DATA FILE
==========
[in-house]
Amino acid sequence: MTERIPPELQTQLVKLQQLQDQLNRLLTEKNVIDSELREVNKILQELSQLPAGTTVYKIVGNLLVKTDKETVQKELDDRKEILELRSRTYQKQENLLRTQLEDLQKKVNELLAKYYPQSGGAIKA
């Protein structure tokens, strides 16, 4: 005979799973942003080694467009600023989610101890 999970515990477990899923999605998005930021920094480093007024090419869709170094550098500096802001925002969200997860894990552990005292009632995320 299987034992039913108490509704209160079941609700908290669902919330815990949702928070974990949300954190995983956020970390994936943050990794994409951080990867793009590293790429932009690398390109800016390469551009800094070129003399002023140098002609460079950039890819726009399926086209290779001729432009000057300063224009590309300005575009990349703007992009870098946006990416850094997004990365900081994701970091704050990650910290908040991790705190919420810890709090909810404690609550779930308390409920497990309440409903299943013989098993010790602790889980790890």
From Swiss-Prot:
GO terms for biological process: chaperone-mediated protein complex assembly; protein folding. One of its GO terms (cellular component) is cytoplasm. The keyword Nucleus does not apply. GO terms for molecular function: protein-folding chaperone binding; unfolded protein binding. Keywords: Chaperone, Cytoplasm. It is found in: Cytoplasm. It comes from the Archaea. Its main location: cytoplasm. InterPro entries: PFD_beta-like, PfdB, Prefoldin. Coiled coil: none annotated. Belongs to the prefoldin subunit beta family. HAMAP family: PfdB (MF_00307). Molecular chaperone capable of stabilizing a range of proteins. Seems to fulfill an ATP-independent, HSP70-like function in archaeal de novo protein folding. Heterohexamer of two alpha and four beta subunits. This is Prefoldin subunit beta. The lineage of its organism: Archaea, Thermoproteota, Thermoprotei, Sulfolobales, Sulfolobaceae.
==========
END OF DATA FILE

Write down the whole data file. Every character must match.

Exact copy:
[in-house]
Amino acid sequence: MTERIPPELQTQLVKLQQLQDQLNRLLTEKNVIDSELREVNKILQELSQLPAGTTVYKIVGNLLVKTDKETVQKELDDRKEILELRSRTYQKQENLLRTQLEDLQKKVNELLAKYYPQSGGAIKA
């Protein structure tokens, strides 16, 4: 005979799973942003080694467009600023989610101890 999970515990477990899923999605998005930021920094480093007024090419869709170094550098500096802001925002969200997860894990552990005292009632995320 299987034992039913108490509704209160079941609700908290669902919330815990949702928070974990949300954190995983956020970390994936943050990794994409951080990867793009590293790429932009690398390109800016390469551009800094070129003399002023140098002609460079950039890819726009399926086209290779001729432009000057300063224009590309300005575009990349703007992009870098946006990416850094997004990365900081994701970091704050990650910290908040991790705190919420810890709090909810404690609550779930308390409920497990309440409903299943013989098993010790602790889980790890």
From Swiss-Prot:
GO terms for biological process: chaperone-mediated protein complex assembly; protein folding. One of its GO terms (cellular component) is cytoplasm. The keyword Nucleus does not apply. GO terms for molecular function: protein-folding chaperone binding; unfolded protein binding. Keywords: Chaperone, Cytoplasm. It is found in: Cytoplasm. It comes from the Archaea. Its main location: cytoplasm. InterPro entries: PFD_beta-like, PfdB, Prefoldin. Coiled coil: none annotated. Belongs to the prefoldin subunit beta family. HAMAP family: PfdB (MF_00307). Molecular chaperone capable of stabilizing a range of proteins. Seems to fulfill an ATP-independent, HSP70-like function in archaeal de novo protein folding. Heterohexamer of two alpha and four beta subunits. This is Prefoldin subunit beta. The lineage of its organism: Archaea, Thermoproteota, Thermoprotei, Sulfolobales, Sulfolobaceae.